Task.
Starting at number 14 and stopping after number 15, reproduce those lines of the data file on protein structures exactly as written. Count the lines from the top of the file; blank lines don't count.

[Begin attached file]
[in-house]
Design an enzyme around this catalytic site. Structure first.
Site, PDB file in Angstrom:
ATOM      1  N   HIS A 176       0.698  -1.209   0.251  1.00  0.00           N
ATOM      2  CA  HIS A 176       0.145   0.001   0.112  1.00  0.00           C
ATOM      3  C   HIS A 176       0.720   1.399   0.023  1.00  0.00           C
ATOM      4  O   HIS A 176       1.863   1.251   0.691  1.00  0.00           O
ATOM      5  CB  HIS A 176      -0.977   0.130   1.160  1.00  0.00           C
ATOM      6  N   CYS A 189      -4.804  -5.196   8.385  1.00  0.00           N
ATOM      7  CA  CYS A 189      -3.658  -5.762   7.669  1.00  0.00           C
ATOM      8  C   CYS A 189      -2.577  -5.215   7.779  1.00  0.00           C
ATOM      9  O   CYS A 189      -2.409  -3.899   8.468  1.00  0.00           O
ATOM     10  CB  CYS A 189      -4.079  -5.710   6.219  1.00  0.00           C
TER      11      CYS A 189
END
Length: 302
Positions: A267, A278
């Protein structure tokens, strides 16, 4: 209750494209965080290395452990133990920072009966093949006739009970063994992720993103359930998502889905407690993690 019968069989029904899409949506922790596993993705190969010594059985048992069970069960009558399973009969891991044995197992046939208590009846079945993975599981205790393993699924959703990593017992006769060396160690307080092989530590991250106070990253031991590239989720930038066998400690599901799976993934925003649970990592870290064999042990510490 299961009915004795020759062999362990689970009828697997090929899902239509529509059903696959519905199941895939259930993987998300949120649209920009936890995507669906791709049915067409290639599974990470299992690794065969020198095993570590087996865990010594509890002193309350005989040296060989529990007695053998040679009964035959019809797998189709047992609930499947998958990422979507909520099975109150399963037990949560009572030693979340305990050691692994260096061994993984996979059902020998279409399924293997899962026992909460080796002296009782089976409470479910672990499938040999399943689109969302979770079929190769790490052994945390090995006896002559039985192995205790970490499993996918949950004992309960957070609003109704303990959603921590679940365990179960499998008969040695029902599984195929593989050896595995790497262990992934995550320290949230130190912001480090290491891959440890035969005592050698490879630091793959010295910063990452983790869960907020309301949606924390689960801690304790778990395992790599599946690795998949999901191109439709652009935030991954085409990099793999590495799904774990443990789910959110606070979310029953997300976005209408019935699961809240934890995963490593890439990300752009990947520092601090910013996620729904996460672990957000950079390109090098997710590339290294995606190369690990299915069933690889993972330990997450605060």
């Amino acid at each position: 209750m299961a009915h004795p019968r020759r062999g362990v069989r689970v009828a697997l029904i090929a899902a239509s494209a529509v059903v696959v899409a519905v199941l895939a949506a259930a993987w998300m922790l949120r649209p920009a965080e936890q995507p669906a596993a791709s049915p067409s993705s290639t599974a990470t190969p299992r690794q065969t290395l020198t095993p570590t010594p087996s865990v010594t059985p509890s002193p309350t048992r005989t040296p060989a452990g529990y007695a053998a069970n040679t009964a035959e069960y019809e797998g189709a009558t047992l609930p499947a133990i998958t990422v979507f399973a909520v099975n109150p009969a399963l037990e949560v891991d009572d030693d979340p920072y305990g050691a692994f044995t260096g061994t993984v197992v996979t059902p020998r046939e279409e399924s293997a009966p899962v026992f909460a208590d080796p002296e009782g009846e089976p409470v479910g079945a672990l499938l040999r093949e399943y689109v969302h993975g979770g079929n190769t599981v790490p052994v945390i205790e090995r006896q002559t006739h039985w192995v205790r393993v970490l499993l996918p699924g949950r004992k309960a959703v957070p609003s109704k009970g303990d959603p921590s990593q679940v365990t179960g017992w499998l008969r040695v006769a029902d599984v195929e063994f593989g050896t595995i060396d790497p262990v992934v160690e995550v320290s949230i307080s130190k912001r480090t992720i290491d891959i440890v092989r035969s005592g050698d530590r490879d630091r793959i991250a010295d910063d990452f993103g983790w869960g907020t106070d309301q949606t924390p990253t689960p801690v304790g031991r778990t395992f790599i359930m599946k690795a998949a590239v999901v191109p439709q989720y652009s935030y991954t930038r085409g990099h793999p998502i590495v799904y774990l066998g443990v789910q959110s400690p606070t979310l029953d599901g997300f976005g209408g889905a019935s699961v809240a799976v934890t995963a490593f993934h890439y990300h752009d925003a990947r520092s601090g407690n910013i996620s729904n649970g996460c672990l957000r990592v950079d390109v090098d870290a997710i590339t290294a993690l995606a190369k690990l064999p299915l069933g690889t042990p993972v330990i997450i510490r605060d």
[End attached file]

TER      11      CYS A 189
END